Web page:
CIA Director Sent to Moscow After Russian Forces Amass Near Ukrainian Border

By Naveen Athrappully
Naveen Athrappully
Naveen Athrappully
November 8, 2021 Updated: November 8, 2021

President Joe Biden sent CIA Director Bill Burns to Moscow last week to caution senior Kremlin officials that the United States is monitoring Russia’s buildup of troops and military equipment near Ukraine’s northern border.

Burns conveyed the message to the officials that the U.S. was closely monitoring the situation during his Nov. 2 meeting in Moscow, reported CNN. He also spoke with Ukrainian President Volodymyr Zelensky the next day in an attempt to defuse tensions, the network added.

Concerns were raised after satellite images taken by Maxar Technologies, based out of Westminster, Colorado, showed an irregular massing of tanks, artillery, and troops in the Russian town of Yelnya.

Based on reports from Ukraine’s Defense Ministry, there were almost 90,000 Russian troops positioned along the Ukrainian border and near the eastern parts of the country where pro-Russia separatist rebels are in control.

Kremlin spokesman Dmitry Peskov rejected the reports of any possible buildup, saying there was no need to “waste time” on “low-quality” claims, reported AFP.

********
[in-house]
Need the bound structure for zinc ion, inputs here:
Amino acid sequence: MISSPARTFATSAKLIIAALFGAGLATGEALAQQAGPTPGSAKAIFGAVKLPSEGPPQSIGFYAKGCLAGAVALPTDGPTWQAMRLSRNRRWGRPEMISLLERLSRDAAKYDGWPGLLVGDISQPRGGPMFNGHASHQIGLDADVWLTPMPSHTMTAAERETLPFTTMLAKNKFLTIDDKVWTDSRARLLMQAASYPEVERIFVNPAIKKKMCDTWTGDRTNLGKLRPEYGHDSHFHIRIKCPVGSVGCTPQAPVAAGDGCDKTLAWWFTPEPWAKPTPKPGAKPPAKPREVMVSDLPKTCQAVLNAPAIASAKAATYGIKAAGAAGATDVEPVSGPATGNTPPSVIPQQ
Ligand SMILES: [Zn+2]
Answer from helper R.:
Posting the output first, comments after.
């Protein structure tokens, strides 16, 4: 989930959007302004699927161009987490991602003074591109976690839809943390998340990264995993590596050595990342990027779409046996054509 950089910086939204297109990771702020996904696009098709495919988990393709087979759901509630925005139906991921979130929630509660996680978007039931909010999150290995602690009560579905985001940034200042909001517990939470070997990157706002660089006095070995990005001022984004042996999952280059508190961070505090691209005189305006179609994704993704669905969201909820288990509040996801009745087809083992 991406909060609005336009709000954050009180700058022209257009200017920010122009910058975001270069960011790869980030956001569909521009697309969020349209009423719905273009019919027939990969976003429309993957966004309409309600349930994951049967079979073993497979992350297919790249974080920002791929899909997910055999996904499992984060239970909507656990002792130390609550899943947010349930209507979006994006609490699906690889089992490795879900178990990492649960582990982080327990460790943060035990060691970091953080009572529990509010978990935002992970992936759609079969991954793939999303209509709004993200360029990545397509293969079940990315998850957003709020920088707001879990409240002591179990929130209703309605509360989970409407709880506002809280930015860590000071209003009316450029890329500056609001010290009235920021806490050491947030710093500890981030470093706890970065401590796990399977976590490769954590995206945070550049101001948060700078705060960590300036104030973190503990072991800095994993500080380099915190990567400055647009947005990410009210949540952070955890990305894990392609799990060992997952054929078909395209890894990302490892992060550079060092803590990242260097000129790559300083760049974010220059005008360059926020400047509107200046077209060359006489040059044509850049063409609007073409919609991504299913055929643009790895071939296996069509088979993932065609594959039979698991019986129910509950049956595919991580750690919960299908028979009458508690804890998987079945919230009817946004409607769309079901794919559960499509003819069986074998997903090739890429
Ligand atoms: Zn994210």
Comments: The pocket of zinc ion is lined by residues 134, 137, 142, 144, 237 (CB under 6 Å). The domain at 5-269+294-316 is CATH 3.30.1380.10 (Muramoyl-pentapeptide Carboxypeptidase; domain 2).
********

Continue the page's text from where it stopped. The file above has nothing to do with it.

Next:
On the public front, Ukraine has downplayed the issue with Ukraine’s Defense Ministry on Nov. 2 saying that Russia had a practice of “accumulating military units for the purpose of maintaining tension in the region.”

But some members of the U.S. government have shown concern that Russia might be preparing for a major escalation.

“It is certainly an unprecedented buildup, and if Russia wanted to invade Ukraine, it has the capability and capacity to overwhelm Ukrainian forces,” a senior congressional aide told CNN. “With such a large buildup, Putin could order an invasion at any time and there would be very little warning.”

Representatives Mike Rogers (R-Ala.) and Mike Turner (R-Ohio) wrote in a letter to Biden sharing their concerns.

“With the recent massing of Russian forces on the Ukrainian border, we urge your administration to take immediate and swift action to provide support to Ukraine in the form of intelligence and weapons,” they said.

They also “urged” the administration to “deploy a U.S. military presence in the Black Sea to deter a Russian invasion.”

After Russia’s invasion of the Crimean peninsula in 2014, the international community is wary of any actions by the country’s military. The Ukrainian army has been engaged in conflicts with pro-Russian separatists since the annexation.

After the recent flare-up early this year, Russia positioned around 100,000 troops on Ukraine’s borders. The troops were eventually withdrawn following international pressure but the pullback was limited. The conflict has, till now, left more than 14,000 people dead.